Reminder. There is no essential difference in meaning (definition) between the words 'description' and 'explanation'. A proposition may be either a description or an explanation, depending on context. We just have to look (at the particular case, the particular context) and see what the proposition is actually being used to do. [Divergence between the grammars of 'description' and 'explanation', an example in science.]
The transcendence theory
That was not Wittgenstein's only theory about the origins of philosophy. A second was his "transcendence theory":
.... And what's more, [staring at these puzzling difficulties] satisfies a longing for the transcendent, because in so far as people think they can see the "limits of human understanding", they believe of course that they can see beyond them. (CV p. 15)
This may refer to the author of the Tractatus Logico-Philosophicus himself -- the whole of which he claimed to be "nonsense", a saying of "what can't be said". The book was transcendent metaphysics (philosophical mysticism): "seeing beyond the limits of what can be seen".
To Waismann: "Running into the limits of language? Language is not a cage." [Note 7] There are no borders of "the sayable" to try to rush full tilt across into "the unsayable". The word 'sayable' ("what can be put into words") contrasts with 'undefined', not with 'unsayable' ("what cannot be put into words (but nonetheless is)"), because "nonsense" that can convey meaning is not nonsense (absolute sound without sense).
The conceptual confusion theory
Wittgenstein's theories are generalized insights (in the context of a particular definition of 'language meaning') into particular cases, as e.g. his theory that "A metaphysical question is always in appearance a factual one, although the problem is a conceptual one" (RPP i § 949). Whether he commits the Fallacy of Some therefore All is the question.
The "instinct theory"
I really want to say that scruples in thinking begin with (have their roots in) instinct. (Z § 391)
Where our language suggests a body and there is none: there, we would like to say, is a spirit. (PI § 36)
The instinct to sense souls in everything that moves causes human beings to create philosophical problems. This may be called "primitive animism" -- but are we so unlike those we call primitive? If even an educated person senses a soul in any unexpected movement at the periphery of his visual field -- then clearly not.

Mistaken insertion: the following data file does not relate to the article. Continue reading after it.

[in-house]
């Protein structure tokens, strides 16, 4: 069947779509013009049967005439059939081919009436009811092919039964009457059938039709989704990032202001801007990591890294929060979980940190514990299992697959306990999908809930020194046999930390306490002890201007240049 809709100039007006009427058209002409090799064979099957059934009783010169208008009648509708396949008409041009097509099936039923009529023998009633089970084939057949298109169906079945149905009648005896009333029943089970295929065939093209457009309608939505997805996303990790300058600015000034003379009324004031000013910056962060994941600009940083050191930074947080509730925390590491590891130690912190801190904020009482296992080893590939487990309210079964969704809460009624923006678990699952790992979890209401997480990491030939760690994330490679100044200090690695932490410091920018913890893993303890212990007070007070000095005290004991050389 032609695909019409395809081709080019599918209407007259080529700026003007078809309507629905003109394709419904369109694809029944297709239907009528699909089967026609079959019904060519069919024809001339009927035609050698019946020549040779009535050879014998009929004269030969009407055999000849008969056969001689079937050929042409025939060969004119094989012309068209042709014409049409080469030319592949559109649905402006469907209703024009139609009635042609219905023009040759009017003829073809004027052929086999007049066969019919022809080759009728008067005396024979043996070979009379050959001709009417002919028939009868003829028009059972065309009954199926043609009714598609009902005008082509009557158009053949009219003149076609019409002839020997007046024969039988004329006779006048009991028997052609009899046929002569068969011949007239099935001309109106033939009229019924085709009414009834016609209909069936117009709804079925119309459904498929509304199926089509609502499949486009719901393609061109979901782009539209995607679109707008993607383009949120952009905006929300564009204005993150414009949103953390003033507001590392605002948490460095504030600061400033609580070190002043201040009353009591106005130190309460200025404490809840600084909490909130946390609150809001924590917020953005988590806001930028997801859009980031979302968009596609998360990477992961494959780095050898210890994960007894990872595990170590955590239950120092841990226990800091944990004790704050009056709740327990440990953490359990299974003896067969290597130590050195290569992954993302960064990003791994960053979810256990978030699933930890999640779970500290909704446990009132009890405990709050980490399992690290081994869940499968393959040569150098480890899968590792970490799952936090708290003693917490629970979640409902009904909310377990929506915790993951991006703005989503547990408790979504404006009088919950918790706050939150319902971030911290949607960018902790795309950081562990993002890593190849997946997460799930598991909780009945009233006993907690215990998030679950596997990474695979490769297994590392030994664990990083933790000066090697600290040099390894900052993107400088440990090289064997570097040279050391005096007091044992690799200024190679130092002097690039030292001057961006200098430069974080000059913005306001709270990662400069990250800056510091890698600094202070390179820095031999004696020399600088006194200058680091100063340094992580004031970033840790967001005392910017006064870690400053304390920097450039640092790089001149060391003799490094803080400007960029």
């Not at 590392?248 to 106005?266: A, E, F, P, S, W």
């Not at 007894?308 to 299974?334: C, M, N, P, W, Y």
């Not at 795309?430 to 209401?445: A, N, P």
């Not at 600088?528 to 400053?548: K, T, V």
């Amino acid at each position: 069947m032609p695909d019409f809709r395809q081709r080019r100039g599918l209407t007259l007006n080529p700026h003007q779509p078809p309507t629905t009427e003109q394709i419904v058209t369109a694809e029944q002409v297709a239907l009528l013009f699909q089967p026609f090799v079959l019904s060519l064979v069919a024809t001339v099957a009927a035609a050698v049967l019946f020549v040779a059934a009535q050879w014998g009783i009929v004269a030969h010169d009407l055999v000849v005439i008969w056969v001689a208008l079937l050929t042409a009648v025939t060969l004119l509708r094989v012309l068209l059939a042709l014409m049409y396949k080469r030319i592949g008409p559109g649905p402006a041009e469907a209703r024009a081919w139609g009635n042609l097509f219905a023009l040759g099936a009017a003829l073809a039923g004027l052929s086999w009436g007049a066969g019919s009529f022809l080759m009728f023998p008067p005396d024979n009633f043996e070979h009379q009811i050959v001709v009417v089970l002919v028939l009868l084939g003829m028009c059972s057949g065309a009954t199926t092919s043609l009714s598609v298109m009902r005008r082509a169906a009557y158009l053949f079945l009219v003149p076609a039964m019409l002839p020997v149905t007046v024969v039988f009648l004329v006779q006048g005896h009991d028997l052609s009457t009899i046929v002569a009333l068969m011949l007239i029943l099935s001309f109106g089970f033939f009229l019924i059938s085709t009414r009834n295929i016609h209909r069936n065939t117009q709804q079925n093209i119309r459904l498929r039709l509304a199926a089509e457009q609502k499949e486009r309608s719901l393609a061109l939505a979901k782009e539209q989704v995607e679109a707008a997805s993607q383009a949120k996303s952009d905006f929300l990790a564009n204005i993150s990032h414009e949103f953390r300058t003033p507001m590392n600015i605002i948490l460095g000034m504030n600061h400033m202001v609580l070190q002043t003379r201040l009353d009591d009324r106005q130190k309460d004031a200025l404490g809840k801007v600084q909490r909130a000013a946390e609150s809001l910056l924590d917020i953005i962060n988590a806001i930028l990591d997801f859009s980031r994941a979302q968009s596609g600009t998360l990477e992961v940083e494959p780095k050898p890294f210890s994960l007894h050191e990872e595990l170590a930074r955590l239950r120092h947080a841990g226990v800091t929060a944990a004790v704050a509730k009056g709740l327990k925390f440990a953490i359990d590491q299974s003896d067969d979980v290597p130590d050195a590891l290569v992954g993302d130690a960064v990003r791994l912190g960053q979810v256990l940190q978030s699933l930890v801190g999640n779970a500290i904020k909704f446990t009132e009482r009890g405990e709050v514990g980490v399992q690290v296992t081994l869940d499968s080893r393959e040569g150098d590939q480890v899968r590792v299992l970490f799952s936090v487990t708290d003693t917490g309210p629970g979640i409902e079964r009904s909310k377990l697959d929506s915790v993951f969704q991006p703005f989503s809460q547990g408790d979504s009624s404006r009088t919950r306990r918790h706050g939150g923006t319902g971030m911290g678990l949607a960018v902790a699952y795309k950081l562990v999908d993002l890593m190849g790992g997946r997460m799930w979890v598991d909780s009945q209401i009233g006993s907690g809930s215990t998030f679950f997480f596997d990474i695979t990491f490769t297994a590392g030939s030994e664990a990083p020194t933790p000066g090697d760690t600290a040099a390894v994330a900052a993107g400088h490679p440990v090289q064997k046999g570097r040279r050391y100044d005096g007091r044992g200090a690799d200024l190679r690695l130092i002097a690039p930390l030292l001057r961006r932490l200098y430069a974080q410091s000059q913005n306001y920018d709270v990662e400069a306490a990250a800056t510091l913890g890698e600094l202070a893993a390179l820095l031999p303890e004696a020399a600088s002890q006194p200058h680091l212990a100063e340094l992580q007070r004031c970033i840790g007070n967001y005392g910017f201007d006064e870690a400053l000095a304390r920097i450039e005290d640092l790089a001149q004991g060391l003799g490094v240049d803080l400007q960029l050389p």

The example of an uncrumpling paper seems like Wittgenstein's "wriggling fly" (PI § 284)? There we sense a soul. And 'sense' means: this is involuntary, a matter of instinct; no inference is drawn here. We sense a soul, "life", in a wasp. And that, just as instinctively, we sense souls behind the words of our language.
Wittgenstein's later logic of language warns against sensing souls in objectless words (PI § 36), misconstruing their grammar as if they were names of abstract objects. The Aufklärung view of language: there are no souls in things. (As in Hoffmann's Klein Zaches, the fairies have been banished from the kingdom by the court philosophers. Not that we would want fairy tales about souls -- cf. Plato's Forms (metaphysics: fairy tales with proofs) -- as our philosophy.)
We take all nouns for names of objects, even nouns that are obviously not names; and where there are no objects, there we imagine spirits to be the objects named (PI § 36). All Wittgenstein had the right to do here was to make a grammatical rule setting limits, namely that where there is no object neither is there an "abstract object". It does follow from this definition, of course, that there are nouns that are not names, but rather, it is the result of investigation -- i.e. of looking at the public use of language -- that gives Wittgenstein's definition its point.
We must not forget even our more refined, more philosophical doubts have a foundation in instinct. E.g. that expressed in "We can never know ..." (CV p. 73, a remark from 1948) .... a language-game does not have its origin in consideration. Consideration is part of a language-game. (Z § 391) [A language-game] is ... there -- like our life. (OC § 559)